Native to northern and eastern China, lacebark pine (Pinus bungeana) is an excellent, low-maintenance shade tree, best planted in early spring. Its mottled bark sets it apart from other pine species and is especially attractive in winter. Layers of green, yellow, brown, purple, and red bark stand in stark contrast to the white snow backdrop. Lacebark pine tree bark peels gradually over time, usually starting once the tree is about ten years old. The resulting look is camouflage-like and provides year-round interest.
|Common Name||Lacebark pine|
|Botanical Name||Pinus bungeana|
|Plant Type||Evergreen tree|
|Mature Size||30-50 ft. tall, 20-35 ft. wide|
|Soil Type||Moist, well-drained|
|Soil pH||Neutral, acidic, alkaline|
|Hardiness Zones||4-8 (USDA)|
Lacebark Pine Care
Lacebark pines are hardy in below-freezing winter temperatures and appreciate plenty of light and regular watering. Still, these trees are classified as moderately drought-tolerant. They are low-maintenance and, once established, can be left to grow outside independently. Lacebark pine trees reach 30 to 50 feet tall in full maturity.
These pines are less prone to common pests and diseases and can grow in a broader range of soil acidity than most other pine species. Excessive pruning or fertilizing isn't necessary, but your tree can benefit from light, balanced fertilizer applications to promote growth.
Lacebark pines grow best in full sun, so you should choose planting locations carefully. Loss of needles or stunted growth indicates that the tree is not receiving enough light.
Like most pines, lacebark pines prefer slightly acidic soil, although they can tolerate soils with a higher pH than most other pine species. They benefit from well-drained, consistently moist soil. Lacebark pines should not be exposed to very wet or dry soils for long periods.
You should water lacebark pine saplings regularly until they are well-established. Once established, a lacebark pine tree usually does not require supplemental water and is somewhat drought-tolerant. However, the tree can benefit from supplemental watering during abnormally long dry periods to help support healthy growth.
Temperature and Humidity
USDA Hardiness Zones 4-8 are best for lacebark pines, and they can withstand winter temperatures as low as -15˚F. They tolerate a wide range of humidity conditions within their growing zones.
Lacebark pines do not require regular fertilizing. However, a light fertilizer feeding in the early spring balanced fertilizer can help give the tree a boost.
Types of Lacebark Pine
- Pinus bungeana ‘Silver Ghost'
- Pinus bungeana ‘Temple Gem’
Pruning lacebark pine trees is mainly for aesthetic purposes, and lacebark pines do not require regular pruning. However, depending on how you want your tree to look, you can prune lacebark pines into a single-trunked or multi-trunked tree. You may also prune dead or dying branches.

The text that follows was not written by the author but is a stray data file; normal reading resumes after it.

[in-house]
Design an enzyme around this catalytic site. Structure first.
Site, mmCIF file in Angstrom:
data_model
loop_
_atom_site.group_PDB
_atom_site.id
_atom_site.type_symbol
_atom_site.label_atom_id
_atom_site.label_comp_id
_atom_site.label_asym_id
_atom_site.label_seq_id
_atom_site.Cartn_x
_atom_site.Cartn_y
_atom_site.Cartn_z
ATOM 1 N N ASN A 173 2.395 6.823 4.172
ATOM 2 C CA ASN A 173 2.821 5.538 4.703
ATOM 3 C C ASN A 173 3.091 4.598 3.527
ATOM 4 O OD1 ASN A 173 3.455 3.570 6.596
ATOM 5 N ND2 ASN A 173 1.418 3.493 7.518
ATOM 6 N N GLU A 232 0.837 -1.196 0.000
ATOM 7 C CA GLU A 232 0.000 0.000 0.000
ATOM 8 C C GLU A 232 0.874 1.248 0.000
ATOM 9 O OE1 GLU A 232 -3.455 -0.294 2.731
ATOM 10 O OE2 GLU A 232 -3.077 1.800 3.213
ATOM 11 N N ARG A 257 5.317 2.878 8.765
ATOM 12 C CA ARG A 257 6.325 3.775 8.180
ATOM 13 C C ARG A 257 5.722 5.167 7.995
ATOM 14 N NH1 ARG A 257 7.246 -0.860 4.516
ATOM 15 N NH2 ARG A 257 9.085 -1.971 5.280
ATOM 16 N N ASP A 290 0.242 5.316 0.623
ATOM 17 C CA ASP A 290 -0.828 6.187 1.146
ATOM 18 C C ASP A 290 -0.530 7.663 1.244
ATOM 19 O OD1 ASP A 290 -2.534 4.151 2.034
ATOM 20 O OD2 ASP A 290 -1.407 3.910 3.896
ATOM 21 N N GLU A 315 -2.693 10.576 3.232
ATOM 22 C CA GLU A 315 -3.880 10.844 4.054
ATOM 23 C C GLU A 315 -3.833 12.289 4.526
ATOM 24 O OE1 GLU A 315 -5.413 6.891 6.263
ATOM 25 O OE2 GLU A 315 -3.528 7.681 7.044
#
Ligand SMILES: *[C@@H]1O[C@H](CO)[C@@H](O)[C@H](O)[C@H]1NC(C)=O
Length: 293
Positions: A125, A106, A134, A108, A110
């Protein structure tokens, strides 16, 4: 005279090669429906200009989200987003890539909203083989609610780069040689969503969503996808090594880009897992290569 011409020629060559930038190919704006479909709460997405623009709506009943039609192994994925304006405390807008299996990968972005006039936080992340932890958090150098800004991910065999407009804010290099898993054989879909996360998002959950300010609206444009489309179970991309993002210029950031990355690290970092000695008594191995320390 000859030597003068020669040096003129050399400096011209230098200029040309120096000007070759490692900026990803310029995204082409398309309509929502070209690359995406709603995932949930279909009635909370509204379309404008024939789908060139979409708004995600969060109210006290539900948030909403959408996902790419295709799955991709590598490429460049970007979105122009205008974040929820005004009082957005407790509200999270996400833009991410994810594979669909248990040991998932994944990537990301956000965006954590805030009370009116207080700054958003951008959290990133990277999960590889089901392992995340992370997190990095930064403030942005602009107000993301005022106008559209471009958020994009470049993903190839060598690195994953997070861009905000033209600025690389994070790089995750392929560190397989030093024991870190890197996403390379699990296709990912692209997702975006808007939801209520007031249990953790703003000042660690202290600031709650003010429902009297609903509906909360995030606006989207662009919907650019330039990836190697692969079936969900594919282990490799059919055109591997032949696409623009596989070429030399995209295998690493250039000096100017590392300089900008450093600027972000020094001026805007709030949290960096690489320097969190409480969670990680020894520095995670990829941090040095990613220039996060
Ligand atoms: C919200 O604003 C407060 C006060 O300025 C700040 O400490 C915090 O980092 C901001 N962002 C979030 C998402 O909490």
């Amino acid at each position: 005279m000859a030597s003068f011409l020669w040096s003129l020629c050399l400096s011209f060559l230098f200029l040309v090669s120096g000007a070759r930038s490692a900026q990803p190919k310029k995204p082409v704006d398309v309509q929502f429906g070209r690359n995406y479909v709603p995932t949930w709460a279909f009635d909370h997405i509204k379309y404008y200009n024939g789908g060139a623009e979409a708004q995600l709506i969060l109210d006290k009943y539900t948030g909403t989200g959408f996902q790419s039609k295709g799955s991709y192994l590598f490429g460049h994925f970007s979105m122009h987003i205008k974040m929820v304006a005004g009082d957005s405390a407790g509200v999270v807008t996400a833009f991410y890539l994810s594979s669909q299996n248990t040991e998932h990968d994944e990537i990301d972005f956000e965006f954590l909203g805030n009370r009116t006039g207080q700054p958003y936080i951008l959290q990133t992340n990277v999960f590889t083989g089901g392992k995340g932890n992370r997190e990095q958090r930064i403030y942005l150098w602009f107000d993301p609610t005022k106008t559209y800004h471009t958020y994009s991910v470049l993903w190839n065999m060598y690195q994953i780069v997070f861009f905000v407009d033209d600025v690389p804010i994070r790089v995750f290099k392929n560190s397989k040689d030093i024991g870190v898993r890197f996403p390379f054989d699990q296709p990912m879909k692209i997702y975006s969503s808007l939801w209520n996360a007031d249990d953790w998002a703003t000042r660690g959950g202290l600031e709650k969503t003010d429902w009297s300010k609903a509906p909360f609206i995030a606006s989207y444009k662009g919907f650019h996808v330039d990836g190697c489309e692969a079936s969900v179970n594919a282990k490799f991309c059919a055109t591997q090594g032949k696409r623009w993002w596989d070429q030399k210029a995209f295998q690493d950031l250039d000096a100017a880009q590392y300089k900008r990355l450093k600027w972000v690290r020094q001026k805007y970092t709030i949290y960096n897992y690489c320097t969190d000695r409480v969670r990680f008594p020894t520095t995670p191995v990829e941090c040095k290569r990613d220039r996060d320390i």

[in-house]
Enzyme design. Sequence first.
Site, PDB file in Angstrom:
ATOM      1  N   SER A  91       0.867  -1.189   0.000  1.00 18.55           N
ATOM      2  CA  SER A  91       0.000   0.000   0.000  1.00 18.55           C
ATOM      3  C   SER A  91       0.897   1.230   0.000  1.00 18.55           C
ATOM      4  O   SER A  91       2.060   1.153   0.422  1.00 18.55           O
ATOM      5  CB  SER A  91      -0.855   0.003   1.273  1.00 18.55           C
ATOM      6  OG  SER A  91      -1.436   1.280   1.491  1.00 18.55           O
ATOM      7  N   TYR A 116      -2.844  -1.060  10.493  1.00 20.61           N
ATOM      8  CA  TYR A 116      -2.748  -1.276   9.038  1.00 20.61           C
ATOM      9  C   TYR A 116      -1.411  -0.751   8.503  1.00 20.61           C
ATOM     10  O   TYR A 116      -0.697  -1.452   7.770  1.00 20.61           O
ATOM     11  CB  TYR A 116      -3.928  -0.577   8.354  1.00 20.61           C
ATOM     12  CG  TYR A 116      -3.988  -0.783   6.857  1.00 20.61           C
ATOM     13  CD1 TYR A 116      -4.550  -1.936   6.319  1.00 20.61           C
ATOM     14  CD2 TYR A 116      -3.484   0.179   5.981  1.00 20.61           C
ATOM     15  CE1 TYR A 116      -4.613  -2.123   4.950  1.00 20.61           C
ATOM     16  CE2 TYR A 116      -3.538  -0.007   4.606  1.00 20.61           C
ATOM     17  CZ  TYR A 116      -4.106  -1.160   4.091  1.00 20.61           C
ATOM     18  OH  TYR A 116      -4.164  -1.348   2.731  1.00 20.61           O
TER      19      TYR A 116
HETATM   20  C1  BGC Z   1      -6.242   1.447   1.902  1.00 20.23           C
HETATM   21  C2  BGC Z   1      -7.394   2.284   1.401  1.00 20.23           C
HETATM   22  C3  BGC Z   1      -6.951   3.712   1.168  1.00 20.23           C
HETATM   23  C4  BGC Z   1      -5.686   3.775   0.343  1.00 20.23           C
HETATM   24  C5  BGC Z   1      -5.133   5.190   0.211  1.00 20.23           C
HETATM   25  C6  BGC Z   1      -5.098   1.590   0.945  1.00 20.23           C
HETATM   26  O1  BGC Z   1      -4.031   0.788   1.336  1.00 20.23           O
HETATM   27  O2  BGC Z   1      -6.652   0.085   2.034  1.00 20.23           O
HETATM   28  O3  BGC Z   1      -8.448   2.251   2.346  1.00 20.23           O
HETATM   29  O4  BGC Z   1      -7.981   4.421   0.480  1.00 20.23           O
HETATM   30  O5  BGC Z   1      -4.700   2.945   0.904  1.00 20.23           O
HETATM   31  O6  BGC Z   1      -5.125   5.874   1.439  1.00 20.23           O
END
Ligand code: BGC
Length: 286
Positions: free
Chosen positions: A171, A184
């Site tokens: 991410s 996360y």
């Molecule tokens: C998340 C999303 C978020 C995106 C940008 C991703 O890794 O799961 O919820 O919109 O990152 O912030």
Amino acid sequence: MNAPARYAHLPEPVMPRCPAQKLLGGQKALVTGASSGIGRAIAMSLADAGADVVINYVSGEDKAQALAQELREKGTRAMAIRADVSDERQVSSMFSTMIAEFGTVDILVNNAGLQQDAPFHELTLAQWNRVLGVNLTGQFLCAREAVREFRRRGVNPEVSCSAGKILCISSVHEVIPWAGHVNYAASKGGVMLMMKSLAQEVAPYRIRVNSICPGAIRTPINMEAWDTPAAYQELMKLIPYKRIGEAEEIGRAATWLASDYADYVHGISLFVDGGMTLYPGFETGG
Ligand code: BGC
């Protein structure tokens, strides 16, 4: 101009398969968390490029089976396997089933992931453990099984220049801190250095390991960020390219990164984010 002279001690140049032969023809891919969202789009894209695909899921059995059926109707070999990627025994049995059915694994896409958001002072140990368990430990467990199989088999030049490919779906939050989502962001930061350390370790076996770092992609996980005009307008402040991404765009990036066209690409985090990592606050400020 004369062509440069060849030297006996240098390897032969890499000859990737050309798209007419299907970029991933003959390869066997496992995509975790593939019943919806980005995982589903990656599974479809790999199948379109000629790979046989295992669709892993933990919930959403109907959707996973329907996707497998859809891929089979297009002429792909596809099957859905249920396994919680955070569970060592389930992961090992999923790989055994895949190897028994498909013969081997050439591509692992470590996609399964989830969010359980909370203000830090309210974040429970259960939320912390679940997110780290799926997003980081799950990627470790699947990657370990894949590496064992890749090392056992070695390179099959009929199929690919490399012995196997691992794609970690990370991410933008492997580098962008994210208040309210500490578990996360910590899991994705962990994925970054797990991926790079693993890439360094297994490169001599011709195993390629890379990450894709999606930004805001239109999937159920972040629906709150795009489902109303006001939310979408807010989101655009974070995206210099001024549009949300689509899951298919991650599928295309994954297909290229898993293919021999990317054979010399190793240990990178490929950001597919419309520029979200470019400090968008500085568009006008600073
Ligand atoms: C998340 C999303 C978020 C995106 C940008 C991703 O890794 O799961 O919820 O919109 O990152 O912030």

Propagating Lacebark Pines
You can propagate lacebark pines using cuttings to promote genetic uniformity in your landscaping. Here's how to do it:
- Cut a 4-6 inch cutting from your tree.
- Fill a tray with equal parts rooting medium and sand, and water until moist.
- Trim the bottom half of the cutting and dip in a rooting hormone.
- Plant the cuttings in the tray, ensuring that the needles do not contact the soil.
- Lightly cover the tray with clear plastic.
- Water lightly throughout its establishment.
- After up to a year, move the cutting into a pot.
- Place the pots in partial shade for several days before moving them to full sun.
- Once the sapling is large enough, transfer it outdoors.
How to Grow Lacebark Pines From Seed
To grow lacebark pines from seed, fill a pot or growing tray with compost and press lightly with your fingers. Place around ten seeds in your pot and cover with a light layer of compost before pressing down again. Keep the compost consistently moist, and place the pot in a warm location. In one to three weeks, put it in a bright spot. At 15-20 weeks, you can transfer them to individual, 4 inch pots.
As evergreens, lacebark pines are incredibly hardy and don't require any overwintering measures.
Common Pests & Diseases
Pine trees are susceptible to many pests and diseases, but lacebark pine trees are slightly less vulnerable than other species. Keep an eye out for pests like aphids, borers, caterpillars, mealybugs, weevils, western pine beetles, engraver beetles, and red turpentine beetles. Additionally, they are susceptible to common diseases such as cankers, rusts, diplopia tip blight, and pine wilt. Generally, if paid attention to appropriately, these pests and diseases will not seriously affect the tree's long-term health.
Common Problems With Lacebark Pines
Lacebark pines are relatively easygoing trees, and require little care. However, the trees can be damaged by very strong winds.
Damage by strong winds and storms poses a more significant risk to the long-term health of lacebark pines than any common pest or disease. The bark of these pines is brittle, and branches can crack easily. Single-trunked trees have stronger branches and usually withstand less damage than multi-trunked trees.
How long do lacebark pines live?
A healthy lacebark pine can live for over 70 years.
Do lacebark pines have medicinal uses?
Lacebark pines have several medicinal uses, including exterior use of its antiseptic resin. However, you should test the resin on a small area of skin to ensure it isn't irritating.
How long does it take a lacebark pine to grow?
Lacebark pines are slow-growing trees and can take up to ten years to fully mature.